I’m rambling, now, but that’s what January does to me. It makes me a little bit crazy. And rambly. And I really want to go to Florida.
And lie on the beach. Lay on the beach?
Because that what Florida looks like.
I have a highly intelligent friend who has started going to the tanning bed, desperate for color and vitamin D.
That’s how hard January in Nebraska is.
South Dakota was colder. But, a little trivia for you. Next to Florida it has more days of sunshine than any other state.
Whatever. I hated January there too.
Anyway, I’m 1000 words in and it hits me that I’m actually writing to tell you that while I love those days when there’s nothing hard to write about, I’m learning that with divorce there is this ripple, this current, this ebb and flow and some days I can see with such gratitude the life that is set before me and other days I weep for the life I had imagined.
I weep when Emma Claire asks why we can’t be like Elena’s family.
I weep when Coulter tells me how comfortable his Dad’s new bed is (yes, I know that’s weird.)
That’s been this week—grief and mourning.
But I believe that joy comes in the morning.
Lord, help my unbelief.
Sunday after church the kids were singing Deep and Wide.
I know my Methodist friends remember it:
“Deep and wide, deep and wide, there’s a fountain flowing deep and wide.”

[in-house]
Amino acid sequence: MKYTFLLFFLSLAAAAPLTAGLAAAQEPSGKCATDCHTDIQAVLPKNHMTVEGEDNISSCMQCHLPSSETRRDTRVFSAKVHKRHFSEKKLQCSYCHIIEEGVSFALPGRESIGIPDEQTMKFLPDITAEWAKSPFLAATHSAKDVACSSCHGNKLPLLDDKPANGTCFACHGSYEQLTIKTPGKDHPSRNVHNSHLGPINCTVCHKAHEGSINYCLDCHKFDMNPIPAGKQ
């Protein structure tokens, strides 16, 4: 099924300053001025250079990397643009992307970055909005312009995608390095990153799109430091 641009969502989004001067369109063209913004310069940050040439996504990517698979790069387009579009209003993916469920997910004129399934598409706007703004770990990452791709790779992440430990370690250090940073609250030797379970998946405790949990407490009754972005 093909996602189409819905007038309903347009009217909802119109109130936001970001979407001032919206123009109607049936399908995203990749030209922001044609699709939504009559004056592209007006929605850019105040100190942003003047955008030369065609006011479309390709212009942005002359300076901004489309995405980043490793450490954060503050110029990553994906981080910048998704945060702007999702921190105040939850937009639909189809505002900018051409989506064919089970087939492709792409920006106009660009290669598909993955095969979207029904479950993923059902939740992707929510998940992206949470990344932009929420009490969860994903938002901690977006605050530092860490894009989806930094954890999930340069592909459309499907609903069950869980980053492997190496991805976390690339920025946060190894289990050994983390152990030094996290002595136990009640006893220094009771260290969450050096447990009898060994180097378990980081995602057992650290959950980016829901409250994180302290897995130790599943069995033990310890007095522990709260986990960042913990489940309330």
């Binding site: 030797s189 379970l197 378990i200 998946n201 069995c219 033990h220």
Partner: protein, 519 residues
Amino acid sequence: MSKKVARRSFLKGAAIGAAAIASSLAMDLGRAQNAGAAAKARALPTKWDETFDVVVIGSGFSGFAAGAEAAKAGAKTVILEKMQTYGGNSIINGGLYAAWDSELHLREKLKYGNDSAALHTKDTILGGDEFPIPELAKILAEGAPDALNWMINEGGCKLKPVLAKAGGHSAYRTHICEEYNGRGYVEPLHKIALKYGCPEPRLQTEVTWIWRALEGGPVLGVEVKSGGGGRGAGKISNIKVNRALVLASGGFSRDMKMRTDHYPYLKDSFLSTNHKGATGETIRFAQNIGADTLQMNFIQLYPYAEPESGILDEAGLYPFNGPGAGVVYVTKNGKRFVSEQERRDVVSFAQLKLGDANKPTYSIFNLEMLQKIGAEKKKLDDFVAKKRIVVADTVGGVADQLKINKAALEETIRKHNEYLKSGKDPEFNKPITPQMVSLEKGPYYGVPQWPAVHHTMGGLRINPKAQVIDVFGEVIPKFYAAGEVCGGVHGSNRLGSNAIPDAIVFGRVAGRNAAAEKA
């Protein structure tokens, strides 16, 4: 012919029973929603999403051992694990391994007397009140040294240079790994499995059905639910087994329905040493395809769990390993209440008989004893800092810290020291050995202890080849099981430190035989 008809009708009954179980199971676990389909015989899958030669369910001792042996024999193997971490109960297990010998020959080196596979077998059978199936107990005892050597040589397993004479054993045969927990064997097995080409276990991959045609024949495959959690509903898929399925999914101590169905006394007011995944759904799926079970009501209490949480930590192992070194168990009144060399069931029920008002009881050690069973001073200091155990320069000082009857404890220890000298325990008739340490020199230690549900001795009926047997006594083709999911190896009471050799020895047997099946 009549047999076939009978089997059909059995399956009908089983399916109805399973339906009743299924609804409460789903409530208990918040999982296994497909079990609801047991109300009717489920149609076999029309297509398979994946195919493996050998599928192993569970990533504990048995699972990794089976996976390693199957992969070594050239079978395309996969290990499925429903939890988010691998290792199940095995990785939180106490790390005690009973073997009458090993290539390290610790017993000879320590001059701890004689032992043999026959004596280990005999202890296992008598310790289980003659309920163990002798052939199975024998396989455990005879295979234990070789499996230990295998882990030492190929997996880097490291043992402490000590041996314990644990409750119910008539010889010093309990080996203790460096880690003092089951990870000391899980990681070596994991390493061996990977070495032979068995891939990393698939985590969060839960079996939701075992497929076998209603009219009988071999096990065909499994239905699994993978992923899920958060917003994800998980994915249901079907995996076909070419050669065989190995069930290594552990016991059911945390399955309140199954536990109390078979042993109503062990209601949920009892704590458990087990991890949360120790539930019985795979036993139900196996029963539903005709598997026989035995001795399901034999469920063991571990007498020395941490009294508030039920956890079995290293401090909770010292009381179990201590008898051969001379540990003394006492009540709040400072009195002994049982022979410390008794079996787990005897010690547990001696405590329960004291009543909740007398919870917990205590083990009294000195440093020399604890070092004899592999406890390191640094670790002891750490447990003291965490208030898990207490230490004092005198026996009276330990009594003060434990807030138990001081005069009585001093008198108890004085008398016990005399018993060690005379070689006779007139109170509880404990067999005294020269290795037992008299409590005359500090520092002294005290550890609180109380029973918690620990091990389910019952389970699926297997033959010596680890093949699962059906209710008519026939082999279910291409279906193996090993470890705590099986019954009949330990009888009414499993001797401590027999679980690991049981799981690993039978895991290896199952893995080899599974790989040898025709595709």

And there are hand motions and then you leave out words and I can picture my elementary friends standing in the front pew of the sanctuary of the First United Methodist Church in De Queen, and my mom leading and her friend Dottie Lou, with her long red fingernails, dripping with diamonds, tap-tap-tapping at the piano as we sang that together.
Deep and Wide.
The fountain flows.
And divorce is no different. The grief can be deep.
And I think the idea is that we have to let it flow through.
Couldn’t stop it if we tried.
One summer we watched as my brother’s way-too-expensive-to-wear-swimming-sunglasses floated downstream the Cossatot. There was nothing to do.
Except let ’em float down. And make a mental note to never spend more than $10 on sunglasses.
And I told a friend this weekend, I am still—sometimes—just so sad.
And he said. Be sad, then.
There’s a fountain flowing.
Deep and Wide.
So yesterday—looking for the joy that comes in the morning—I woke up and decided Emma Claire and I needed a girl’s day. I asked her if she wanted to go to the “Frozen Sing-a-long”. She looked at me like a sing-a-long was surely the worst idea ever and gave the vote, instead, for just the movie itself.
She then proceeded to sing full-voice, completely un-aware that there were others in the theater.
What would you call that? Yes.
A sing-a long.
But I have to say, a few Disney tunes and a sunny 5-year-old who still wants to sit in my lap eating junior mints and I was feeling more hopeful.
Unfortunately we un-knowingly spilled a few and they got hot and melted and smushed and, horrified when the lights came on, I looked at Emma Claire and instead of being upset she just started licking her pants.
Thank you Lord, for the gift of chocolate, for the joy of giggly girls and the reminder that You are here.
We don’t ride the river alone.
P.S. Tomorrow, Emma Claire and I will be going to the actual sing-a-long.
Right after my tanning appointment.